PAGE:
Mechanism of veneer dyeing for production of multilaminar veneer from plantation-grown Eucalyptus globulus
AffiliationSchool of Ecosystem and Forest Sciences
Document TypePhD thesis
Access StatusOpen Access
© 2018 Dr Ngoc Nguyen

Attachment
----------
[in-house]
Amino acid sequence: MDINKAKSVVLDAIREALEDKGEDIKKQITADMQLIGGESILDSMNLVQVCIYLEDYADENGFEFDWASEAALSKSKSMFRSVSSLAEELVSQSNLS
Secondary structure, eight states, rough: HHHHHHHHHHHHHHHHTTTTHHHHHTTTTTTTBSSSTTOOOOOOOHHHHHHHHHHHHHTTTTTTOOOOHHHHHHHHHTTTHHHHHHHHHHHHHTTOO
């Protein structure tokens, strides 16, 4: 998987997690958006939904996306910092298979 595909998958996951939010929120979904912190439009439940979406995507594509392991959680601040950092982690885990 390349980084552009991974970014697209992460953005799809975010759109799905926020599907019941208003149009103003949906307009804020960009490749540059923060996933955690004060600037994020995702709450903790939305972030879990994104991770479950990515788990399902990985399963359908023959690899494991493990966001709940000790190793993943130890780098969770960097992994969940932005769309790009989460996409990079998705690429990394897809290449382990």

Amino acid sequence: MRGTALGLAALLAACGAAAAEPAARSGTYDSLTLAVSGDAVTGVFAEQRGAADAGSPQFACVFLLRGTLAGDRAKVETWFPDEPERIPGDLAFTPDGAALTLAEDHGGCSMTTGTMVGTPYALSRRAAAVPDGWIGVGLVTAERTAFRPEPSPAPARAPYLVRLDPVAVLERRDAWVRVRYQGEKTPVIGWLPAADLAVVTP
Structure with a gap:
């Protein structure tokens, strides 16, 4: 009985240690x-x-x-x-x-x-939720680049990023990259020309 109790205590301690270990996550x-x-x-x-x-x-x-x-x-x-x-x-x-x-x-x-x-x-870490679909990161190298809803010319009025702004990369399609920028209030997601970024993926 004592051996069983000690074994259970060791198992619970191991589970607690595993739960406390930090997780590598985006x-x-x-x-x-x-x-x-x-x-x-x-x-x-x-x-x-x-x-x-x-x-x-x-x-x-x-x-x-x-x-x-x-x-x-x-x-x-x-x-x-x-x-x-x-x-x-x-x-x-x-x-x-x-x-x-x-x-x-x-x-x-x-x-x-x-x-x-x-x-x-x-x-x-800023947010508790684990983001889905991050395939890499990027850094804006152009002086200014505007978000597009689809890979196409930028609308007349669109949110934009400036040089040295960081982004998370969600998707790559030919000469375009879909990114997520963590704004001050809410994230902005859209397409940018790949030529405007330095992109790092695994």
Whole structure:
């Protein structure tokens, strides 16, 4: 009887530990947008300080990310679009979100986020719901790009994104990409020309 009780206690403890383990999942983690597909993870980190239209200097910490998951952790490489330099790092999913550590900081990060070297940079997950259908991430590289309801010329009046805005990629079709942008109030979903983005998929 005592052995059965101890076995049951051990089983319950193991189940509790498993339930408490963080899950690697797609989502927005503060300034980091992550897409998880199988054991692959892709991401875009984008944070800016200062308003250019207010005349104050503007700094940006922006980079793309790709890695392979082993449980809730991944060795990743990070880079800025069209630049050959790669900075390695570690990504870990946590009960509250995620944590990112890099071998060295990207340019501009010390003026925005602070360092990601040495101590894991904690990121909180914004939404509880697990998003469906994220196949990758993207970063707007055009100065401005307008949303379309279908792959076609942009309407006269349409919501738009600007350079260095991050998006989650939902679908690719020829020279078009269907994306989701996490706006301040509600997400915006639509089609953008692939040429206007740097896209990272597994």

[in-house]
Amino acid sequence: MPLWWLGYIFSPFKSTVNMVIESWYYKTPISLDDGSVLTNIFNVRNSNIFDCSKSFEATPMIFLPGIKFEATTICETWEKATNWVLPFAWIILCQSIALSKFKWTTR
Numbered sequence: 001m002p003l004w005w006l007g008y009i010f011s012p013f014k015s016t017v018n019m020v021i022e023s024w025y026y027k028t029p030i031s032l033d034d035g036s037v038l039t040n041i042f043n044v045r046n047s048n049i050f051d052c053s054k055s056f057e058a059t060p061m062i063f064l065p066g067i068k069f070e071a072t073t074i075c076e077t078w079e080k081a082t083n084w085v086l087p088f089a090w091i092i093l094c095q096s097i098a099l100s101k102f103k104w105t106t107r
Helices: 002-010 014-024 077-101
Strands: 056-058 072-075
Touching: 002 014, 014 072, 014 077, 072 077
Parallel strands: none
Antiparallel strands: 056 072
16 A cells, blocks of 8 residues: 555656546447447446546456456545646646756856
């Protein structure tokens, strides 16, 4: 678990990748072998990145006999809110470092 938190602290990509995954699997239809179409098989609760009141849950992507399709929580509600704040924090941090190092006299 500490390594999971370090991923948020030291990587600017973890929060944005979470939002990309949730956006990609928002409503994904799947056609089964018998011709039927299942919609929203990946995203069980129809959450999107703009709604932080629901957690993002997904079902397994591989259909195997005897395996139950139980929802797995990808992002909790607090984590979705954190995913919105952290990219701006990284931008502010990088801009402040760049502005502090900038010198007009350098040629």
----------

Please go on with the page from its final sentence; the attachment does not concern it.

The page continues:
Large plantations of Eucalyptus globulus wood established in Australia have mainly been grown to produce pulpwood. This resource is not suitable for the production of decorative products, principally because of the low wood quality grades and unattractive colour. The manufacture of veneer-based products has recently been identified as an unprecedented opportunity to promote higher value utilization of plantation resources. However, many uncertainties remain regarding the impacts of the inferior wood quality of young plantation trees on product recovery and value, as well as the optimal processing techniques. Moreover, the quality of veneers and veneer-based products is far from optimal because these trees are young and have small diameters. The veneers also have substantial colour variation that affects the added value of the final products. Developing production methods that can enhance the appearance of low-quality veneers produced from young, small-diameter logs has great potential. An innovative method for enhancing the appearance of low-quality veneers has been developed by ALPI, a company in Italy that is involved in the production of multilaminar veneers, which are also called “reconstructed veneers”. One of the most important stages in multilaminar production is dyeing the veneer throughout its entire thickness, which can be achieved by using dyes of different colours depending on the appearance of the products, their design, and market demand. In the current multilaminar veneer manufacturing process, veneer dyeing is normally applied to give veneers a colour similar to that of another timber or to minimise variations and make the veneers more homogeneous in colour. Basically, veneer dyeing methods are based on the deep colouration of wood, which is known as wood dyeing, as opposed to surface colouration (varnishing and painting). The method used depends on the applications of the veneers. The benefit of dyeing is that the colour cannot be removed by sanding because the veneer is dyed throughout its entire thickness. Although veneer dyeing technology is well advanced in Italy, it has focused on poplar (Populus) veneers, using plantation wood that is characterised by a low density, even colour, small number of defects, and high permeability. Conversely, the majority of plantation eucalypts have a medium to high density, many defects, uneven colour, and low permeability. Therefore, a detailed study is required to investigate the veneer dyeing process for eucalypt veneers. The aim of this PhD study was to investigate the enhancement of veneer appearance through veneer dyeing technology for the production of high value veneer-based products from plantation grown Eucalyptus globulus. The specific objectives were to: • investigate the dyeing methods and types of dyes that would be the most suitable for dyeing Eucalyptus globulus veneers; • investigate the effect of dyeing parameters such as dye concentration, dyeing time and temperature on the dye uptake, dye penetration and colour difference of dyed veneer; • investigate Ultraviolet (UV) - driven discolouration of dyed wood veneers. The study investigated dyeing methods (soaking and vacuum-pressure), types of dye (direct dye and reactive dye), and dyeing parameters (dye concentration, dyeing time, and temperature) in the veneer dyeing process for Eucalyptus globulus grown on plantations in Australia. Two different reactive dyes were used: Procion H-EXL and Procion Brown P2RN. One direct dye was used, which was a mixture of Sirius Red F-4BL, Sirius Yellow K-GRL, and Sirius Grey K-CGL. Veneers with two different moisture content (MC) levels were used: green veneer (80% ± 5% MC) and dried veneer (12% MC). The study showed that the reactive dye at a concentration of 2% resulted in a significantly higher dye penetration than other dyes. Soaking was not recommended as the dyeing method for this species because the dyed samples were severely damaged by the pre-treatments and high temperatures. Therefore, an alternative method, the vacuum pressure method, was investigated. The results showed the vacuum-pressure method had a significant influence on the dye uptake, dye penetration, and colour change; in particular, a reactive dye penetration of 100% was achieved with a dyeing time of 120 minutes, pressure of 1000 kPa, and the addition of 20 g/L of sodium chloride. Attenuated total reflectance-Fourier transform infrared (ATR-FTIR) spectroscopy and scanning electron microscopy (SEM) analyses were conducted. The results indicated that the reactive dye was able to react with the wood compounds (cellulose, hemicellulose, and lignin), a large amount of the dye molecules diffused into wood lumens, and various dye molecules aggregated around the surface of wood fibres. A comparison of two dye uptake measurement methods (the liquid uptake-based method and the spectrophotometry method) has been conducted and analysed. The new technique for the measurement of dye penetration of the wood veneer using ImageJ program has been developed. UV-driven discolouration of veneers dyed at the optimal dyeing parameters was investigated. Results showed that there was no significant difference in the colour change of the tight and loose sides of sapwood and heartwood of the dyed green and dry veneer samples after 504 hours of UV light exposure.
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